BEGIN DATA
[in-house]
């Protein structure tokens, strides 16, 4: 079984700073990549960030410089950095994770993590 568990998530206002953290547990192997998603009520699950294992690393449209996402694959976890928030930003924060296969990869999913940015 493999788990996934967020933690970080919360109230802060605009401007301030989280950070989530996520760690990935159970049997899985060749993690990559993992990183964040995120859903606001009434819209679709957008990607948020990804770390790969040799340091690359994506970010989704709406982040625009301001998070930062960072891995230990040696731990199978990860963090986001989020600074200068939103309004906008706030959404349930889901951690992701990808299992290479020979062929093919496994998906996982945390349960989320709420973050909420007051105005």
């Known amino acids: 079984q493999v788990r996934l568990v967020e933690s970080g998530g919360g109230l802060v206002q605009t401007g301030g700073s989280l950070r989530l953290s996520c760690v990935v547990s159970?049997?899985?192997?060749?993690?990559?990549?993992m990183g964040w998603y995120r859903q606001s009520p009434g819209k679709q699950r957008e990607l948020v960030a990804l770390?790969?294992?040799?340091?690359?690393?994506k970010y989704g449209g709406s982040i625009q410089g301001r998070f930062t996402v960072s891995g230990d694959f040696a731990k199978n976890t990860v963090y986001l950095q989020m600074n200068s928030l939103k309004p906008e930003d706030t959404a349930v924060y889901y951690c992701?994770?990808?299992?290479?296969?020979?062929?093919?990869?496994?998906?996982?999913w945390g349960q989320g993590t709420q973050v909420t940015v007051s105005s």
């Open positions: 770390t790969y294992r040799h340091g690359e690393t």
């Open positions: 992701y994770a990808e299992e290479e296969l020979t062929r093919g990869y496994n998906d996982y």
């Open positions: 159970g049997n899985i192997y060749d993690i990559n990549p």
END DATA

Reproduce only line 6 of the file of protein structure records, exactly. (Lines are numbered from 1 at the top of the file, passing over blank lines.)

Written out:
């Open positions: 159970g049997n899985i192997y060749d993690i990559n990549p």